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McAuliffe Center is back in action

By Caroline Gordon


Mary MacDonald, planetarium manager, hosted a live planetarium show at the Christa McAuliffe Center Sept. 17.


MacDonald said she was very excited to start her first, monthly planetarium show ever since COVID-19 forced Framingham State to go virtual.


With students and staff back on campus, MacDonald instituted new protocols. Cell phones must be turned off because they cause a distraction in a dark room and face masks must be worn.


MacDonald started off the show by dimming the lights in the dome-shaped room. Afterwards, she projected the night sky as it appears at 5:15 p.m.


The audience was able to see the sun setting on the west side of the dome.


MacDonald discussed the moon, which peeked behind a building toward the southeast side.


Audience members were presented with an animation of the sun going down and the moon rising.


The full moon was present at the top of the planetarium dome.


“On the night of a full moon, which is a couple nights from now, it’s almost simultaneous,” MacDonald said.


She clicked her remote device which revealed a couple of visible planets.


The audience was able to see Jupiter, which was close to the moon.


To make sure there was no confusion with the actual size comparison between the projection and the real sky, she explained “it’s not going to appear exactly as close as it appears because you’re looking at a larger scale projection in reality.”


The next planet she pointed out was Venus, which she said was the closest to the sun.


“Sometimes, it’s not visible because it’s right next to the sun,” she said.


Not only did the audience see planets, they saw stars as well.


In order to see the stars better, she turned the room almost pitch black.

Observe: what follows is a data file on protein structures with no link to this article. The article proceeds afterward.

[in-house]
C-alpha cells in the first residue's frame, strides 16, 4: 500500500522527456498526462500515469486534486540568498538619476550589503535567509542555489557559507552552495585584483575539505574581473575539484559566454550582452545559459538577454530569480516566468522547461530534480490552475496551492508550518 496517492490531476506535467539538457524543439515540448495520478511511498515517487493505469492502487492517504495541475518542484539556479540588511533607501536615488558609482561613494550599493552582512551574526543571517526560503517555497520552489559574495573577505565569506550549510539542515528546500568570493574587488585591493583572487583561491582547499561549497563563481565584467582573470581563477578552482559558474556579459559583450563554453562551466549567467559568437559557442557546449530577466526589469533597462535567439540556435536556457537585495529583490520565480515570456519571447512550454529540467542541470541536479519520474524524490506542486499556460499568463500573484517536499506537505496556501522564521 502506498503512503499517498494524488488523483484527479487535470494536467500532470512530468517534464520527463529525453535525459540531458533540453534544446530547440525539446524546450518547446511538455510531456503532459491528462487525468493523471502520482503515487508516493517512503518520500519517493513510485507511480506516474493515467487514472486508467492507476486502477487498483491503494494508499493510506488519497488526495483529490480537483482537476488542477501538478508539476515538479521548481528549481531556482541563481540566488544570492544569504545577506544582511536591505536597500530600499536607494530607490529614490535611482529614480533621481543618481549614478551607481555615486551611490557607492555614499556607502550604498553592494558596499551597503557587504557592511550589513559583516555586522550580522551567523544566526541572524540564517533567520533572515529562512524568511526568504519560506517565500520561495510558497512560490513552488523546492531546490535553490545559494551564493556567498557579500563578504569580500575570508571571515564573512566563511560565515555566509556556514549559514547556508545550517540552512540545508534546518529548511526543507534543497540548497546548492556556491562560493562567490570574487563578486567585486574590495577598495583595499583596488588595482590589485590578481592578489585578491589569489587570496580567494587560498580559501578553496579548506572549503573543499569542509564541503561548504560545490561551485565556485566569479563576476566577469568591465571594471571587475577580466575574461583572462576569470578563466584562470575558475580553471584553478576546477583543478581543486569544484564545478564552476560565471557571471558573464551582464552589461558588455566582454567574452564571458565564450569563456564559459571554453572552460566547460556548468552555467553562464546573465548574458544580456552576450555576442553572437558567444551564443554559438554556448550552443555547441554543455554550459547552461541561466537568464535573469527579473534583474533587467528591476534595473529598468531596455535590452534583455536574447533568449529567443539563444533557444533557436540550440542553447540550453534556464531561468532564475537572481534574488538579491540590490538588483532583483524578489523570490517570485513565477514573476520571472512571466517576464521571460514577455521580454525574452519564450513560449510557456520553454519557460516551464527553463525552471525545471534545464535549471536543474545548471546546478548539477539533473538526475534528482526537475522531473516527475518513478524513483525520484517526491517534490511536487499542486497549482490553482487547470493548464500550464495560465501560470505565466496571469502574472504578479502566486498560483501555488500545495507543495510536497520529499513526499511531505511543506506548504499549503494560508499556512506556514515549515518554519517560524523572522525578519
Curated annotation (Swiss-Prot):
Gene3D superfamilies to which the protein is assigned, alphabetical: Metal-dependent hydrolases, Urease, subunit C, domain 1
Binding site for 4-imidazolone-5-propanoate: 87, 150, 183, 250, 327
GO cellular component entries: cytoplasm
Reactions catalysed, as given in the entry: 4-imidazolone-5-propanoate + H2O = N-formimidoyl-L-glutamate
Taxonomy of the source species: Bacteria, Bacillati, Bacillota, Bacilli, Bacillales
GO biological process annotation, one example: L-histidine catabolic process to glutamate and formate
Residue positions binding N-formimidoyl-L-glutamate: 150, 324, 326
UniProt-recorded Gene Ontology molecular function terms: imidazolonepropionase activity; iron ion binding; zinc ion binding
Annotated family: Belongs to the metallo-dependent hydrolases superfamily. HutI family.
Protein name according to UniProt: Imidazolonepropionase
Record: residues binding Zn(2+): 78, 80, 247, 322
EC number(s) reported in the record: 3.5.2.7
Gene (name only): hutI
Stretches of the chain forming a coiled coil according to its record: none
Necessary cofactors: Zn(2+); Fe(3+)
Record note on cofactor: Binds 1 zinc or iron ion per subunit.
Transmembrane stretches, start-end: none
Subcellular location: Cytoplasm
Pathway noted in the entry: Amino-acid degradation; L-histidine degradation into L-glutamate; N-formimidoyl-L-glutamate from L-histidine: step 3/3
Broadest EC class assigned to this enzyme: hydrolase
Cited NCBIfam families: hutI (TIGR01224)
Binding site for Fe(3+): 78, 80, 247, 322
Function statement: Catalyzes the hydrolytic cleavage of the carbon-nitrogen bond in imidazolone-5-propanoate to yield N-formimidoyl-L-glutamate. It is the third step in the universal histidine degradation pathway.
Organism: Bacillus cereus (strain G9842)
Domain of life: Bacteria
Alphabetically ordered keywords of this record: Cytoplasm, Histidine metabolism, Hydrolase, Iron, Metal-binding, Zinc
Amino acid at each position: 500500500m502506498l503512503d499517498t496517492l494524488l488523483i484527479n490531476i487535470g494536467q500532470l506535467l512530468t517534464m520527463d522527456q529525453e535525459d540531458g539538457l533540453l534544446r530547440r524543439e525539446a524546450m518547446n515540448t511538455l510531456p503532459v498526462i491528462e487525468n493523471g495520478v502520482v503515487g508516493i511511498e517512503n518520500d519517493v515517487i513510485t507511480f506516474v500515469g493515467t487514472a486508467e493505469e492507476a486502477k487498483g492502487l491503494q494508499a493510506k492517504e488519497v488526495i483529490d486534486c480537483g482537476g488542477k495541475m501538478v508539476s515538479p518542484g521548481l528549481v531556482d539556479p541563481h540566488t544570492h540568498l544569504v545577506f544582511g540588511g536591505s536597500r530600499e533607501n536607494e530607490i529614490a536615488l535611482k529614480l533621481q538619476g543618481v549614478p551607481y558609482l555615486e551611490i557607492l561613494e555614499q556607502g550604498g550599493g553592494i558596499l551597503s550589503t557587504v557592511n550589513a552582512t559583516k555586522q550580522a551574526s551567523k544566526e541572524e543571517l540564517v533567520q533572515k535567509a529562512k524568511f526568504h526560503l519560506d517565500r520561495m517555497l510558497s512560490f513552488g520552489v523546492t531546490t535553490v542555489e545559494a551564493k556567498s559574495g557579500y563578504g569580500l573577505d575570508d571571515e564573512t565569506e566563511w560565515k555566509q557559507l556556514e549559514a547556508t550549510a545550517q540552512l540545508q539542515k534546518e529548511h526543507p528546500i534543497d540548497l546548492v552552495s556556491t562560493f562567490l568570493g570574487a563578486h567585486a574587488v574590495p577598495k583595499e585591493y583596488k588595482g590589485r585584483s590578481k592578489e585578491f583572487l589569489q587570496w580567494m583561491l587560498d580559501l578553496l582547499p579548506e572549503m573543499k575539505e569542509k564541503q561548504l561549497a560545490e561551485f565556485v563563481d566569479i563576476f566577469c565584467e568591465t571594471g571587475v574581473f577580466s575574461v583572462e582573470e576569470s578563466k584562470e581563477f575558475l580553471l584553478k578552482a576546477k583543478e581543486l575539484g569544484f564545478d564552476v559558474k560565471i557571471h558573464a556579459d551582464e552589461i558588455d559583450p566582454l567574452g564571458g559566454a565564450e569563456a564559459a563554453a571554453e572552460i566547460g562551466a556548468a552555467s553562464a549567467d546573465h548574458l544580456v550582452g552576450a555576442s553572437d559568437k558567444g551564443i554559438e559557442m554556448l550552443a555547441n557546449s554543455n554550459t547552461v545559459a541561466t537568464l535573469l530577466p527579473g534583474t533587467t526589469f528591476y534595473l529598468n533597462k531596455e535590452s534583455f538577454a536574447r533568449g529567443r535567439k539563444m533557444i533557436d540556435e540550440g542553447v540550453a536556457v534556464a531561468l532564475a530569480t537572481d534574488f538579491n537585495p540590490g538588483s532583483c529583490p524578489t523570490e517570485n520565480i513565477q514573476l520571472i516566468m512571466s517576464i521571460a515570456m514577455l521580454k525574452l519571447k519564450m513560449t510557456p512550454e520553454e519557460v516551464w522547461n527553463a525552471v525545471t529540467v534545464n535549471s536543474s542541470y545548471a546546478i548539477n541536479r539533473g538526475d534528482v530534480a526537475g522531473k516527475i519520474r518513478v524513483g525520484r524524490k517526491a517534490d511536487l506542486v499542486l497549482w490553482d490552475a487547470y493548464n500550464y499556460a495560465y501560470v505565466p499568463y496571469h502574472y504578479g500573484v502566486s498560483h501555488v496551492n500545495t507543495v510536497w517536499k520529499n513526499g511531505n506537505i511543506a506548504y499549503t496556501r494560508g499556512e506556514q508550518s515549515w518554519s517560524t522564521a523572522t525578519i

In the dome simulation, the time was 7 p.m. and Jupiter, Venus, and several stars were more visible.


“Just to give you a little preview, this is tonight,” she said.


MacDonald noted that during this time of the year, the moon is noticeably changing locations each night due to its month-long orbit.


She clarified there was a chance nobody in the Framingham/Boston area would see such visible stars or

planets, due to the light pollution crowding the sky.


The show then began to focus on stars.


MacDonald discussed stars such as Altair, Deneb and Vega, which are located together to form the Summer Triangle.


She noted the Summer Triangle is easy to see during the summer.


MacDonald soon after asked if the audience knew what the “fuzzy band of white light” was, which was across the entire dome.


She stated it was a portion of the Milky Way galaxy.


The audience couldn’t see the whole galaxy because the planet Earth is also inside of it.


Then, she discussed constellations as she introduced the topic, showing a little square in the sky, called “Pegasus.”


MacDonald added this was a fall constellation, meaning you could only see this set of stars throughout the fall season.


The winter constellations were a little different in terms of visibility. During the winter, they’re invisible, she said. The only way to see the winter constellations is to stay up late.


“As we get closer to winter, we start to see these earlier in the sky,” she said.


She then told the audience that the Summer Triangle would start to disappear, followed by Pegasus.


MacDonald added another star to the discussion called Arcturus. She told the audience that this was the brightest star in the sky as of this time of year.


She explained a quick little trick to help spot Arcturus.


The audience was asked to spot seven stars that formed a pot shape. MacDonald said those stars formed the Big Dipper.


She added the arched part of the Big Dipper points directly to Arcturus.


MacDonald discussed a group of stars named “Pleiades.”


After going through the simulation in the dome, she opened the Zoor for several questions.


One audience member asked, “So we were looking at Polaris, and it doesn’t move as much as the rest of the stars do, but it keeps moving a little bit. So how much is it actually moving?”


MacDonald said the stars themselves aren’t moving. She explained the stars are “directly aligned with the Earth’s North Pole.” The stars may appear to be moving, but that’s just the Earth rotating on its axis.


Once the questions were wrapped up, she played a full dome film called “Birth of Planet Earth,” which consisted of visually appealing scientific videos of how Earth was formed.


The film touched upon the mysterious origins of life.


It ended with the narrator asking a pressing question.


“The more we are able to reconstruct our past, the more singular it seems. That is, until we realize the very many other solar systems are out there. We ask, is Earth just one of countless, life-bearing worlds, or is it a wondrous twist of fate?”

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